Milyukov, Paul Nikolayevich

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(18591943), Russian historian and publicist; Russian liberal leader.

Milyukov was born in Moscow. He studied at the First Gymnasium of Moscow and the department of history and philology at Moscow University (1877-1882). His tutors were Vassily Kliuchevsky and Paul Vinogradov. After graduating from the university, Milyukov remained in the department of Russian history in order to prepare to become a professor. From 1886 to 1895, he held the position of assistant professor in the department of Russian history at Moscow University. In 1892 he defended his master's thesis based on the book State Economy and the Reform of Peter the Great (St. Petersburg, 1892). In the area of historical methodology Milyukov shared the views of positivists. The most important of Milyukov's historical works was Essays on the History of Russian Culture (St. Petersburg, 1896-1903). Milyukov suggested that Russia is following the same path as Western Europe, but its development is characterized by slowness. In contrast to the West, Russia's social and economic development was generally initiated by the government, going from the top down. Milyukov is the author of one of the first courses of Russian historiography: Main Currents in Russian Historical Thought (Moscow, 1897). In 1895, he was fired from the Moscow University for his public lectures on the social movement in Russia and sent to Riazan, and then for two years (18971899) abroad.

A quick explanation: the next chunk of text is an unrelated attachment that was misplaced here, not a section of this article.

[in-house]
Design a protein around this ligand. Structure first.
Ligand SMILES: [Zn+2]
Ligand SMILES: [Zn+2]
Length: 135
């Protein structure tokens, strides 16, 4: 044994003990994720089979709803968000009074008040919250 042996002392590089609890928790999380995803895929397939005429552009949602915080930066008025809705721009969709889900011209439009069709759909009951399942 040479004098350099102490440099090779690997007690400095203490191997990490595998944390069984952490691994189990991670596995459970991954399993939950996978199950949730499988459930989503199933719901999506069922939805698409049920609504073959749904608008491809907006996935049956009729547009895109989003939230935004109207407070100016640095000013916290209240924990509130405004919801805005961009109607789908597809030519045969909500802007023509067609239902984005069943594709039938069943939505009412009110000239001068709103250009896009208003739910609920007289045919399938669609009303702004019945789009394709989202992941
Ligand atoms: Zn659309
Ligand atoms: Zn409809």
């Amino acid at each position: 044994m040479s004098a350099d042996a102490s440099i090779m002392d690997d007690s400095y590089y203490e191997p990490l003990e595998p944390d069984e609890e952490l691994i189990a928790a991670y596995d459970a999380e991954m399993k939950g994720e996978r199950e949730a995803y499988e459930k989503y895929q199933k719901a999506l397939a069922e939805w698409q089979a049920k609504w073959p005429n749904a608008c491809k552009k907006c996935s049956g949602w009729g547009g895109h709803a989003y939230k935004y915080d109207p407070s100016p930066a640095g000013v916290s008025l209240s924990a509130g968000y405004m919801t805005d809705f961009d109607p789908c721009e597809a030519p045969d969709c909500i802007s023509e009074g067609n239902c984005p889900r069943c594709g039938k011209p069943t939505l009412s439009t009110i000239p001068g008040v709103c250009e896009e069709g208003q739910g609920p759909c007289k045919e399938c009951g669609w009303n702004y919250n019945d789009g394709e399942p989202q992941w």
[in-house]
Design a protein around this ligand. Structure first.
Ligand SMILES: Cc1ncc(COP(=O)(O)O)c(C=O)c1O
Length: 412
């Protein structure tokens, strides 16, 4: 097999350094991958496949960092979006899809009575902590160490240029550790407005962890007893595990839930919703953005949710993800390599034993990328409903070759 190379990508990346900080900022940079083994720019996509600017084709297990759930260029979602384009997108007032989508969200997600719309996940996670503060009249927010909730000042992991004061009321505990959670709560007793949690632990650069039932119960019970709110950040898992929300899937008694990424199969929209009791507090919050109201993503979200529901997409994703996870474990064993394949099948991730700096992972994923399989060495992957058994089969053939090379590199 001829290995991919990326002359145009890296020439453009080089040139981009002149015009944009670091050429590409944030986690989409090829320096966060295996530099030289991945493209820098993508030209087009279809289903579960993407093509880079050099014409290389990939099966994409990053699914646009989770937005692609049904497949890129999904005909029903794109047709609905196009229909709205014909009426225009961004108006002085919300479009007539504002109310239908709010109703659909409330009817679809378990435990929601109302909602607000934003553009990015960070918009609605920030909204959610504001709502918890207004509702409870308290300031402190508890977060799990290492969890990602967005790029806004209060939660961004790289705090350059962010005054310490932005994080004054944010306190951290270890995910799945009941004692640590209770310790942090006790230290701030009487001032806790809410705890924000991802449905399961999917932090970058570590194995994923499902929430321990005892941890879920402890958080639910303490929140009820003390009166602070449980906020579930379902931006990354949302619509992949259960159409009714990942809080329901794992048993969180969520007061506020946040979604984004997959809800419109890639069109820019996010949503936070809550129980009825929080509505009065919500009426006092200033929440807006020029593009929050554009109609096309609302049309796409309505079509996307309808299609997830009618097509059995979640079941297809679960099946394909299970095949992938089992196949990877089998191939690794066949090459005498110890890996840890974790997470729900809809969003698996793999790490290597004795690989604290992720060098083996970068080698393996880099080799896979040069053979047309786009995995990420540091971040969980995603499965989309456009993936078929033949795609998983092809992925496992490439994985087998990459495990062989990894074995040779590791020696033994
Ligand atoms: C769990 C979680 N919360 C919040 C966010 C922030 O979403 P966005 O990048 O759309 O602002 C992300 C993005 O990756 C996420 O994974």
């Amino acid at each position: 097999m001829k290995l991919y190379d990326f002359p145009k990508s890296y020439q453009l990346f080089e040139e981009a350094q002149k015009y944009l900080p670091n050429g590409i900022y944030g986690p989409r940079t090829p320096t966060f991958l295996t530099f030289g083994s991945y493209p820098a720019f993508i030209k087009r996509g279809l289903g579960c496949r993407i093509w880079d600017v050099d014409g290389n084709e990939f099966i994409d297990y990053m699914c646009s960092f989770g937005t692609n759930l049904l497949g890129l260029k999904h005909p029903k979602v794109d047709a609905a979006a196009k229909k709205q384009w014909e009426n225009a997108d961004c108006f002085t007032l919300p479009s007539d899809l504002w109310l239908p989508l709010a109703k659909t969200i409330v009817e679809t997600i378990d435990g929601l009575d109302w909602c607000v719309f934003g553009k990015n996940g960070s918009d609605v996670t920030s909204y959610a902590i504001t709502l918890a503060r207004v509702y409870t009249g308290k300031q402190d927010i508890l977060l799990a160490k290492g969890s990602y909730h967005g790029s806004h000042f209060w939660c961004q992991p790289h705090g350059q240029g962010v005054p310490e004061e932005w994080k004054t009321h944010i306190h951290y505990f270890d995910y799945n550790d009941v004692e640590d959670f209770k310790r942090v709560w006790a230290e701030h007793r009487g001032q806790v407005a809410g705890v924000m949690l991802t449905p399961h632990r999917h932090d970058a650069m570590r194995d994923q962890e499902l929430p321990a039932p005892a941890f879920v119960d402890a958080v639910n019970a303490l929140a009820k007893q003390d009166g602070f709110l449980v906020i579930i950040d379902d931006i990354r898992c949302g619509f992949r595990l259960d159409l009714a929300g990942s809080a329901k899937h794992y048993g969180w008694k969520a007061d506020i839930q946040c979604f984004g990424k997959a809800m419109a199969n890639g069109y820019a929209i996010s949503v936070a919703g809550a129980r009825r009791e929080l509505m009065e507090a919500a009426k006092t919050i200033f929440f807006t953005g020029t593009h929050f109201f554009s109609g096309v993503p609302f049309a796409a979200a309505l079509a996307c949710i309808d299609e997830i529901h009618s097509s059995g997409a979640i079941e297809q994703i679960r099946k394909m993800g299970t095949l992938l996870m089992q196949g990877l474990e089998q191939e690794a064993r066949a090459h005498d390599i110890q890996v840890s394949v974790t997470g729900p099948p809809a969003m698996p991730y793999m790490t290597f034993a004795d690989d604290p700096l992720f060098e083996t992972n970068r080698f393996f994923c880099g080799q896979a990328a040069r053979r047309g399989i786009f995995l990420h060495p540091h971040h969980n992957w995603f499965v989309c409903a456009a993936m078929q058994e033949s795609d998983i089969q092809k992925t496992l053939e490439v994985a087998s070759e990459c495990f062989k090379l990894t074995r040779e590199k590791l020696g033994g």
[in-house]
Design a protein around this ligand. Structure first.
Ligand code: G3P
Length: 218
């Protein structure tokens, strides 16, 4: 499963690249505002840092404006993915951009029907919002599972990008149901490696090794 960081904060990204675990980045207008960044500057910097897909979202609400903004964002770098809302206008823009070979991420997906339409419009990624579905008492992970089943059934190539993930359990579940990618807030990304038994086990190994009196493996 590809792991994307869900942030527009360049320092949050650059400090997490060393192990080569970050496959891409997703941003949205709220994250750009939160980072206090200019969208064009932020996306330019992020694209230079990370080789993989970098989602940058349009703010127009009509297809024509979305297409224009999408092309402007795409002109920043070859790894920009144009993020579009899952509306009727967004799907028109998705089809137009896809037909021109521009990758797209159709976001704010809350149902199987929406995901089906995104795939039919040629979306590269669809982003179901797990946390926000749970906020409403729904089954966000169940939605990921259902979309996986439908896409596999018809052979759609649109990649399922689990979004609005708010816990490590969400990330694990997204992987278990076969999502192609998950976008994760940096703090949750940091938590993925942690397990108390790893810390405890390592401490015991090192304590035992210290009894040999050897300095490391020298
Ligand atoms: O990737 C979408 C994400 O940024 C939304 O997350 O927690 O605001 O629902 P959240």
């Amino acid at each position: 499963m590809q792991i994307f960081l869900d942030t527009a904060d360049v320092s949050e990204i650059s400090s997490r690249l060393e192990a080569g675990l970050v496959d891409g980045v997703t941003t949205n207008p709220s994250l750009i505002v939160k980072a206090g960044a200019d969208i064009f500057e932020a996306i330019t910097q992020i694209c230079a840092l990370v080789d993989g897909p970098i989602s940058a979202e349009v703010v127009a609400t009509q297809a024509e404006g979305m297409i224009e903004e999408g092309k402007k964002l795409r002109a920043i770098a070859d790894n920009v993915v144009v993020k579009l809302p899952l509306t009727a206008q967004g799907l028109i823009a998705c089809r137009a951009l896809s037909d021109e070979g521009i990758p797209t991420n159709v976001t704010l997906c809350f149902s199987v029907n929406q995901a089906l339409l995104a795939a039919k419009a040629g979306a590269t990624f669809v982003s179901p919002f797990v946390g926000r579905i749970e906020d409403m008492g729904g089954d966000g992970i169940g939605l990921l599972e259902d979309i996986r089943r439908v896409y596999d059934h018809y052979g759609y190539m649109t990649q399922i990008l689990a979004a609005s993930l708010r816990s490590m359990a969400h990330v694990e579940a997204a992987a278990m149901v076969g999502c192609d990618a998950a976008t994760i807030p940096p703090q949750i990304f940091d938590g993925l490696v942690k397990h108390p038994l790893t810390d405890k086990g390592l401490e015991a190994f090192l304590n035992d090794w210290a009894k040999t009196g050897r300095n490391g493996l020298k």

In 1900 he was arrested for attending the meeting honoring the late revolutionary Petr Lavrov in St. Petersburg. He was sentenced to six months of incarceration, but was released early at the petition of Kliuchevsky before emperor Nicholas II. In 1902, Milyukov published a program article "From Russian Constitutionalists in the Osvobozhdenie" ("Liberation"), magazine of Russian liberals, issued abroad. Between 1902 and 1905, Milyukov spent a large amount of time abroad, traveling, and lecturing in the United States at the invitation of Charles Crane. Milyukov's lectures were published as Russia and Its Crisis (Chicago, 1905).

In 1905 Milyukov returned to Russia and took part in the liberation movement as one of the organizers and chairman of the Union of Unions. On August, 1905, he was arrested, but after a month-long incarceration was released without having been charged. In October of 1905 Milyukov became one of the organizers of the Constitutional Democratic (Kadet) Party. His reaction towards the October Manifesto was skeptical and he believed it necessary to continue to battle the government. Due to formal issues, he could not run for a place in the First and Second Dumas, but he was basically the head of the Kadet Faction. From 1906, Milyukov was the editor of the Rech (Speech ) newspaper, the central organ of the Cadet Party. From 1907, he was the chairman of the Party's central committee. From 1907 to 1912, he was a member of the third Duma, elected in St. Petersburg. He favored the tactics of "the preservation of the Duma," fearing its dissolution by the tsar. He became a renowned expert in the matters of foreign policy. In the Duma, he gave seventy-three speeches, which total approximately seven hundred large pages. In 1912 Milyukov was reelected to the Duma, once again from St. Petersburg.